Some few years ago my wife and I began taking day trips around New England. We decided to travel to destinations within a three hour car ride. I find driving relaxing, and, well she enjoys the company, me. One of our go to spots is Rockport Massachusetts.
It is a small artistic seaport community about an hour north of Boston located on a jutting out bit of land that creates a picturesque harbor for both pleasure craft and working lobster boats. There is also a fleet of rental kyaks that shove off from a dock just east of Rockport’s most famous icons, Motif #1, a deep red boathouse that has been the subject of artist’s and photographer’s work for years beyond memory.
I chose not to paint it. I looked south to the mixed fleet of vessels that filled the harbor and the old colonial buildings in the distance behind them. What caught my fullestattention were the reflections and the movement of the waters surface as it moved and shaped those reflections. Color upon color shimmered and danced to music I could not hear. But I felt it, and out came my pencil. A few quickly drawn lines and some scribbles, a few short notes and a trip to the studio begat the drawing. This was the foundation.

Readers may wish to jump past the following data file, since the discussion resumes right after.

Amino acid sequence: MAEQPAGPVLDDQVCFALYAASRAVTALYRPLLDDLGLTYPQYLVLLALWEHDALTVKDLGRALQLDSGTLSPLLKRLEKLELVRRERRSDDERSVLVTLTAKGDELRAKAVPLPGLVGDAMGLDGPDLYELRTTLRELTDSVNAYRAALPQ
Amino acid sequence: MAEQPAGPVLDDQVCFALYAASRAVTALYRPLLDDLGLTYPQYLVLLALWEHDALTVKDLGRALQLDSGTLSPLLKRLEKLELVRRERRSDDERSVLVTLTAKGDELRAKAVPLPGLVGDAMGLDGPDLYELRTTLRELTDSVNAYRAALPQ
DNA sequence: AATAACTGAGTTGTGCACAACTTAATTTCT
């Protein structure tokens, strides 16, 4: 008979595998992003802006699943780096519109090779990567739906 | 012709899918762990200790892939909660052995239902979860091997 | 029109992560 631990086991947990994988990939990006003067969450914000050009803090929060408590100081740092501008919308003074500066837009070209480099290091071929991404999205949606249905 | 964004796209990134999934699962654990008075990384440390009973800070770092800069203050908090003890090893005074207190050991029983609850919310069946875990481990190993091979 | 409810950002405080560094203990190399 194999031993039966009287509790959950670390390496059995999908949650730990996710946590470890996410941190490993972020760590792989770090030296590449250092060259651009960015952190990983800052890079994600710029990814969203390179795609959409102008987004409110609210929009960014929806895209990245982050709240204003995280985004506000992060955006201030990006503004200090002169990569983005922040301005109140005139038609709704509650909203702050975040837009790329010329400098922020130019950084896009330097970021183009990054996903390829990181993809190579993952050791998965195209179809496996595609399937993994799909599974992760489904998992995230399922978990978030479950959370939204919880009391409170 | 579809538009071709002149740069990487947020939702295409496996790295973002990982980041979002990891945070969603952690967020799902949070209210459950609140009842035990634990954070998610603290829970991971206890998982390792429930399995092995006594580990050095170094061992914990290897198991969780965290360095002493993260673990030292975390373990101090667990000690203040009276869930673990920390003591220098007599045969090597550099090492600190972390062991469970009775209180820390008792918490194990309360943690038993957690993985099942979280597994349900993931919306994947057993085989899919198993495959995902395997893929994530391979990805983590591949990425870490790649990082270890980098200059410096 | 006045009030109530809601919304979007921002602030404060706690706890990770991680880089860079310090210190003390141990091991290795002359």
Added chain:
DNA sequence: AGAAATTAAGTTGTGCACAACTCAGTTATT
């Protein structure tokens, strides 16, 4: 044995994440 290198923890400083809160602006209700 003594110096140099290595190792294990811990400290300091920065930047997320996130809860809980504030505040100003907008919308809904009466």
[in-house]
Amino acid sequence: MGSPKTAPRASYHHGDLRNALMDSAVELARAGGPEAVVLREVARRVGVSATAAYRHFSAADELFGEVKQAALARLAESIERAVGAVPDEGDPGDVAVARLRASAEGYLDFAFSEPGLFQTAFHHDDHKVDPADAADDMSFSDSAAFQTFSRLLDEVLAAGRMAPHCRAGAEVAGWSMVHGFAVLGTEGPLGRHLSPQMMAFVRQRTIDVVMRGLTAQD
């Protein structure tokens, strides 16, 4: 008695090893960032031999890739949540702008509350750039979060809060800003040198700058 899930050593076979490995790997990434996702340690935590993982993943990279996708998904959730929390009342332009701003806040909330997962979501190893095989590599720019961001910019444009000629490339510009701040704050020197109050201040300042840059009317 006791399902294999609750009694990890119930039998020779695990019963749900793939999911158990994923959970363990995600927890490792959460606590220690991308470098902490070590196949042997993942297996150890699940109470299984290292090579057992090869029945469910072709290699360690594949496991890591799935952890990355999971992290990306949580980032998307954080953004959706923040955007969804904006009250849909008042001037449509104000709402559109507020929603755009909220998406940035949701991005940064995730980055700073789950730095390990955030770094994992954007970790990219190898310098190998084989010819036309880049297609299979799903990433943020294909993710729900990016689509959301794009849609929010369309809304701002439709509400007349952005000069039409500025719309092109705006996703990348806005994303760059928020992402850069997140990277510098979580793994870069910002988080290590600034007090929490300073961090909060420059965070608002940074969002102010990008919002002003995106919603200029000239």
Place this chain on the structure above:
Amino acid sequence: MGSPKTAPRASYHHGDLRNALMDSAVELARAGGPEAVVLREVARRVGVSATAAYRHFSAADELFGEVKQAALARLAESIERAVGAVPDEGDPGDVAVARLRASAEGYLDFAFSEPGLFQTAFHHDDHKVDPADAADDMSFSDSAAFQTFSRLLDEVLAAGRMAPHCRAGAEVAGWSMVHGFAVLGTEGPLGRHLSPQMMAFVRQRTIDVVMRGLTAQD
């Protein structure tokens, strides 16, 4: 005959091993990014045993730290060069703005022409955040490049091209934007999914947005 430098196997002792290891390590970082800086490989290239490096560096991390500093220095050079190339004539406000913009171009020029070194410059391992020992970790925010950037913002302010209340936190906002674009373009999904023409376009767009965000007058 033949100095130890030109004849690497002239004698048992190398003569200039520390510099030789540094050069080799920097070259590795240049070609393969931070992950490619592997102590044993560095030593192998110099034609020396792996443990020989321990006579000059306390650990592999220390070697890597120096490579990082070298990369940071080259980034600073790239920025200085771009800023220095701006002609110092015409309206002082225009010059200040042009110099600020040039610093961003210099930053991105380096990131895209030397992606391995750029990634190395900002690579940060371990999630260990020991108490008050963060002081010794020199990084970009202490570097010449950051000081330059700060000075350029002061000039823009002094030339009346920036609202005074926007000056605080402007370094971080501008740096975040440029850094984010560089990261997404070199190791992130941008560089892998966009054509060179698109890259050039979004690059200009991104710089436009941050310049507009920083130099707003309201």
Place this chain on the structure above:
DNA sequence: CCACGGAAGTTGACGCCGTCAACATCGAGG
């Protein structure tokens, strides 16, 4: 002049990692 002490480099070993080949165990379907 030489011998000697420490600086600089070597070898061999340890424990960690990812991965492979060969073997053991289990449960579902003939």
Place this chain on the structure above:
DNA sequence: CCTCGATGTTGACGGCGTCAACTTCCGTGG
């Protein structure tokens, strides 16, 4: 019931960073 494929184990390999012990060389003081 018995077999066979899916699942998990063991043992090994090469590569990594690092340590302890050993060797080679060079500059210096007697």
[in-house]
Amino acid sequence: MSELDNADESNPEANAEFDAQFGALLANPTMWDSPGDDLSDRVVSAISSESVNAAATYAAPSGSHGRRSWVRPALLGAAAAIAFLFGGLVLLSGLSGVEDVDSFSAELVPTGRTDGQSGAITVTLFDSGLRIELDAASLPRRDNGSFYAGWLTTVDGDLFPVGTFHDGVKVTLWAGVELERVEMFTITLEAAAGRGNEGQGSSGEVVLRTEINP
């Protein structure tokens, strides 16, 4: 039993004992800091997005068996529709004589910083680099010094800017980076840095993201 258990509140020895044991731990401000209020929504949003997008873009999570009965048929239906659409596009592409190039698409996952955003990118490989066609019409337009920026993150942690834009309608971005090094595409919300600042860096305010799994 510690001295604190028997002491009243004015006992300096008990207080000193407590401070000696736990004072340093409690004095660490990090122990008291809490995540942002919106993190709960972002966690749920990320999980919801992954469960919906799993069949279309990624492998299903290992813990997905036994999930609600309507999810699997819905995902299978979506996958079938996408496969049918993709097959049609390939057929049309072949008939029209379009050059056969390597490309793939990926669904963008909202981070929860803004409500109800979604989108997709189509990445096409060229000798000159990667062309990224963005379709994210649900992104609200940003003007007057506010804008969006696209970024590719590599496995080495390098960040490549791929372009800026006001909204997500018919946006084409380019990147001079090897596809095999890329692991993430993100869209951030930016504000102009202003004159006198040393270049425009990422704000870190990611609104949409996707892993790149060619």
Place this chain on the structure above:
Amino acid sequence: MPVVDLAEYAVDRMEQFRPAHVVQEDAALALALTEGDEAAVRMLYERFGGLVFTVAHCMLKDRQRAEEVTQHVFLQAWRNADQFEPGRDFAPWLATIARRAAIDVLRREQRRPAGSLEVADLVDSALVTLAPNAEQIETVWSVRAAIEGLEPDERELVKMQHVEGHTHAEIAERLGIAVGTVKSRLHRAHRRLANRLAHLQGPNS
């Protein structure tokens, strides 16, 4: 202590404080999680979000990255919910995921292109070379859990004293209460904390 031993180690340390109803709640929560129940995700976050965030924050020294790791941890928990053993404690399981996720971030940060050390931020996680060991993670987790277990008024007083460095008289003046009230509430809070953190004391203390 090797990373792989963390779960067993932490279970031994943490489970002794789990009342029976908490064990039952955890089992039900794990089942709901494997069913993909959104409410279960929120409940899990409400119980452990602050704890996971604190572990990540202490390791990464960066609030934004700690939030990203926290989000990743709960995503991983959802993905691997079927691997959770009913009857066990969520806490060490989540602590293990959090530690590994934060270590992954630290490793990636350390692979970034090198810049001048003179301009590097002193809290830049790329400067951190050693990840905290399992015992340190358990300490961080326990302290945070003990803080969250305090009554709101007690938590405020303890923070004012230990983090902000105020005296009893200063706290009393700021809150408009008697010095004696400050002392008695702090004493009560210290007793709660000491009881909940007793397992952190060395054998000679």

There is not an attempt to create a portrait of these reflections or their source. This was an effort to dig deep into my knowledge, limited or not, of color. I stressed high intensity and unnatural color, some might say crayon box of colors, and fit them together in a way that feels both calm and satisfying. The reflections act as a metaphor for my understanding of color and how it works. The motif, Rockport Harbor and the working boat also a metaphor, serve to remind me of the work and beauty of my journey as an artist.
The passionate red of the vessel in the lower right, welcomes a viewer into the story, the vertical lines, telephone posts, radio antenna, play a rhythm to an hypersonic song.
The swirls of current and dots of color dance around the reflections and the thoughts as I consider the lessons and advice that led to years of continued searching and discovery.
I find comfort in those lessons and in those thoughts as I sit on a weathered old dock, reflecting on all that I know.